Saturday, August 24, 2013

Answers to questions about the 2013 Banlist

By now the initial shock of the banlist has passed.  Solemn Judgments, extra copies of Compulsory, and (*gasp*) Trishulas are making their way back into the binders.  A portion of us are salty that our $800 E dragon deck is wasted, while others are grateful that the Dracossack poundings may be a little less common.  Though there is no shortage of commentary, I thought I would add my thoughts and observations to the Blogosphere.  So here are the answers to the Yugioh communities most burning questions:

1. Who is helped by this ban list?
While this list affects all of us, there is one group that is truly its beneficiary: Yugioits!  Though many think the term yugioit is a combination of the term Yugioh and idiot, the actual derivation is from Yugioh and pundit. Pundits are the often self-appointed experts and spokesmen for some area of interest.  In the yugioh community, yugioits include bloggers and yugitubers.  This group is helped immensely by the radical change in the list and the policy of introducing new lists every three months.  Here’s the cycle

a.       Banlist predictions:  Predictions are usually good for two episodes.  The first is the What-the-banlist-should-be and the second is What-the-banlist-will-be.  Most yugioits need to comment on both because it gives the audience the impression that they know what is both good for the game and good for the corporation.  If there is a need for more content, they can also comment on the idiocy of someone else’s prediction.
b.      Reaction to fake banlists: That’s right – thanks to Konami we will be treated to twice as many photoshopped banlists.  You have been warned.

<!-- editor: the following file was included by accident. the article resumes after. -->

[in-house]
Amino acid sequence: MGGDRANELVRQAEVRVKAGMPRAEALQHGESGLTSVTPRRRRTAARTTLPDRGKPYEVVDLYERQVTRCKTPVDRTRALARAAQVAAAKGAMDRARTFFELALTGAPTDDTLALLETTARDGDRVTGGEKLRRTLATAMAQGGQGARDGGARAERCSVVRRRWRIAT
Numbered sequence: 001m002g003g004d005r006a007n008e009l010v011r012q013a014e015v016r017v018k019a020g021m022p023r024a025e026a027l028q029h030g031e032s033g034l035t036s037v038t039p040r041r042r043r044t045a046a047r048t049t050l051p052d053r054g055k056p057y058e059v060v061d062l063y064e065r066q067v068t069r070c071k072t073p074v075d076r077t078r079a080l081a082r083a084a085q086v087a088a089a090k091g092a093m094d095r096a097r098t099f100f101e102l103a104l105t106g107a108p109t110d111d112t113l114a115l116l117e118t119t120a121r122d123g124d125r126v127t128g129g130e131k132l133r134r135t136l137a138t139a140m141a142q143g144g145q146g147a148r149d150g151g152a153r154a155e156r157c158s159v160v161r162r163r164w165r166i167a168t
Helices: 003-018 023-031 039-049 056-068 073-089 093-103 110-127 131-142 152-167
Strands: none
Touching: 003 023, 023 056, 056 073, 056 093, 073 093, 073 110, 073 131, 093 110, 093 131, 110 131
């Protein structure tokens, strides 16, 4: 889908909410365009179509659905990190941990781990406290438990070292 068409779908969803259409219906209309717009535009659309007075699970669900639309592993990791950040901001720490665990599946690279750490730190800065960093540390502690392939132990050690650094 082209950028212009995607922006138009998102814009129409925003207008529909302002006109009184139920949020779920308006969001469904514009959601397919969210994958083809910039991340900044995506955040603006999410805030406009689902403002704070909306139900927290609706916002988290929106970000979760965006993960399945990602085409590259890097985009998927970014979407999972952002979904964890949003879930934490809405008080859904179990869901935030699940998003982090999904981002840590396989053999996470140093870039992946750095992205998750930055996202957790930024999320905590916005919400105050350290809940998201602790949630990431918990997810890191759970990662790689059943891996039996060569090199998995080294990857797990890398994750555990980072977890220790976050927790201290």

c.       Reaction to the OCG list:  For a while it seemed that we would have uniformity between OCG and TCG.  Ask all of this people who bought Trishula several weeks ago. Alas, our lists are once again quite different.  Nevertheless, the Yugioits were given fuel for their commentaries.
d.      Reaction to the TCG list: This is the part of the cycle that we currently find ourselves. 
e.      The reality of the TCG list: Pundits like to point out their correct predictions and often ignore the wrong one.  Yugioits are not really much different.  Hence, we don’t get as many of these submissions. But who cares? Everyone will get to do it again in two months. 

2. Who is hurt by the ban list?
Frequent banlists really hurt individual traders. Though Yugioh is a trading card game, most of us are not trying to gain any real value or income from trading. To those that are, I say beware!  Trading for value or income is a bad idea.  I should know; I traded mortgage-backed securities and I think Yugioh makes that market look like blue chip investing.  

To understand why trading for value is nuts, look at the bid-ask spread.  This is the difference in price that professional traders will buy (ask) and sell (bid) a security.  It’s their “take” for the transaction.  The more the value of the security changes, the greater the bid-ask spread is.  Traders use the term volatility for describe these changes in price.

Here is an example of some typical bid-ask spreads for some common stocks:

  • Google: 873.19 – 877.05  (0.44%‎)
  • McDonalds: 95.38 – 95.65 (0.28%)
  • Facebook: 38.56 – 38.8‎ (0.61%‎)

Here is an example of some typical bid-ask spreads for Yugioh cards 

  • Black Ship of Corn: 11.00 – 19.99 (45.0%)
  • Diamond Dire Wolf: 13.91 – 28.49 (51.1%)
  • Ally of Justice Catastor 5.25 – 20.38 (74.2%)

That’s right – the volatility in Yugioh cards is 100 times more than that seen in stocks.  Of course, this is a tongue-in-cheek analysis.  Still, my advice is don’t chase after high rarity cards. Your battle pack rare CardCar D gives you the same extra draw as the secret rare.  

I’ll give more answers to the burning questions at a later time. 

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